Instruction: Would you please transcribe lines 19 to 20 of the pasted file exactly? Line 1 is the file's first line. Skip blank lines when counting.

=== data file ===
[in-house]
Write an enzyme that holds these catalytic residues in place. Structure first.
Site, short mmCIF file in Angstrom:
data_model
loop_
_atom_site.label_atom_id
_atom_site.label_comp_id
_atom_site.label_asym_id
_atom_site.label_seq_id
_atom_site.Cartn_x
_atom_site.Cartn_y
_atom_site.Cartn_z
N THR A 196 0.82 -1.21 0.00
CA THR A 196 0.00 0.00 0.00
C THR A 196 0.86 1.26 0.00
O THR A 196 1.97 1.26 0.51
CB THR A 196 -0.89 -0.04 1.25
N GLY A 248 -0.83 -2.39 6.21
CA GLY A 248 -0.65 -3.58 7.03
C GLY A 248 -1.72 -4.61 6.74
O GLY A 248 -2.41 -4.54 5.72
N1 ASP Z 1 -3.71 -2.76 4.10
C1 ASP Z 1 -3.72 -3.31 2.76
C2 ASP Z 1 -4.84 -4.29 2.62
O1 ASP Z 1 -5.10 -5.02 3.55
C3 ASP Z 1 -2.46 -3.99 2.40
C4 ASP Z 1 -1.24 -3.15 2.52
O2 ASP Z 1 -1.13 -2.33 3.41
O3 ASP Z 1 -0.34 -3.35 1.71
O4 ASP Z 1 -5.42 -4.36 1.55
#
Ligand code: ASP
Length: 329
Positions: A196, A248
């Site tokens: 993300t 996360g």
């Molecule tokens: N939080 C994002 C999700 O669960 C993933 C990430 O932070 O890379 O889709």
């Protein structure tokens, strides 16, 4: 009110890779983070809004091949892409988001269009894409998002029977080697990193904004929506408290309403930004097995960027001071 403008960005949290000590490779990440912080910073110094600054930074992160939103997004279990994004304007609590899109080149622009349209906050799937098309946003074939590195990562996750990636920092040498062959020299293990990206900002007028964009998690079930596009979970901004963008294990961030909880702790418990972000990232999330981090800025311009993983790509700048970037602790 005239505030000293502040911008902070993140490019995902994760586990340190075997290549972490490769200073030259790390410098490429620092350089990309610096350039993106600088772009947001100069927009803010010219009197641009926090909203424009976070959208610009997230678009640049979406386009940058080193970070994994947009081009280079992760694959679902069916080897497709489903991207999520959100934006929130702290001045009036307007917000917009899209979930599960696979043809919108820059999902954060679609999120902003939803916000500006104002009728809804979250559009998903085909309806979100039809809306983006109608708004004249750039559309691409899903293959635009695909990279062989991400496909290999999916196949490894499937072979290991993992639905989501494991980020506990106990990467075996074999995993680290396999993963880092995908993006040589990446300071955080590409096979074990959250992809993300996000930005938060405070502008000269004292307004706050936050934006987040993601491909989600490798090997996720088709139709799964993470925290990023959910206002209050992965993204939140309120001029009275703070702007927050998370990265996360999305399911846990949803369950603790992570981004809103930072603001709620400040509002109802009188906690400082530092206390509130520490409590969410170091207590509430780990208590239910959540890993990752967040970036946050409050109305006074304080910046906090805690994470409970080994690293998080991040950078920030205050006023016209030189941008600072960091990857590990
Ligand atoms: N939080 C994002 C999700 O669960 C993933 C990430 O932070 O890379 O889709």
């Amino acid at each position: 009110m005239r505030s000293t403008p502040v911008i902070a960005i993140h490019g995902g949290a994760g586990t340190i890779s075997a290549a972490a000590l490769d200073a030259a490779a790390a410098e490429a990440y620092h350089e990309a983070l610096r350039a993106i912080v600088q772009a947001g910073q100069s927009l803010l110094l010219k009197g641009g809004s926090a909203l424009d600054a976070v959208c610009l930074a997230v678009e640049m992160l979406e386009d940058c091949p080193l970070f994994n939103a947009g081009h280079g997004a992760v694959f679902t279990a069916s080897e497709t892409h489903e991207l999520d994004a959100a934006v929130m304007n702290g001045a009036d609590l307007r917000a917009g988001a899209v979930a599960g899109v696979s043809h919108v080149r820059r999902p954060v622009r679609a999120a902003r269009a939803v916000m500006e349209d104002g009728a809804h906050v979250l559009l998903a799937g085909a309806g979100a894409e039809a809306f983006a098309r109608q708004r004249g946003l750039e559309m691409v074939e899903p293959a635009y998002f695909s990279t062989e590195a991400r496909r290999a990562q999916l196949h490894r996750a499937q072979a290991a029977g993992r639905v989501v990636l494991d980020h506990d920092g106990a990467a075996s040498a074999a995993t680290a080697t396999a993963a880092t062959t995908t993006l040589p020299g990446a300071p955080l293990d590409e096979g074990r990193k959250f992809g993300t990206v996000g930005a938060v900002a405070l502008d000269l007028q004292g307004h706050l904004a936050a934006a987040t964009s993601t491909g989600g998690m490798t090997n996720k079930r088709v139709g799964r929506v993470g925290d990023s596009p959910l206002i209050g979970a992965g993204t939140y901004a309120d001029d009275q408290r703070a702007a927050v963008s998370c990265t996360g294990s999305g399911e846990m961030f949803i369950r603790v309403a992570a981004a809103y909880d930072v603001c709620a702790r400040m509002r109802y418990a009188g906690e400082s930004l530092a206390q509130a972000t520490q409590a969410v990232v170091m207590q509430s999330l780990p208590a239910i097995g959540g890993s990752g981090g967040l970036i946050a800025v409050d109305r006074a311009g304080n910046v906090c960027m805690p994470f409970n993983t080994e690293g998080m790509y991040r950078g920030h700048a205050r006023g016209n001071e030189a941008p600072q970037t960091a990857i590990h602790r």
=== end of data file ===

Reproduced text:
CA GLY A 248 -0.65 -3.58 7.03
C GLY A 248 -1.72 -4.61 6.74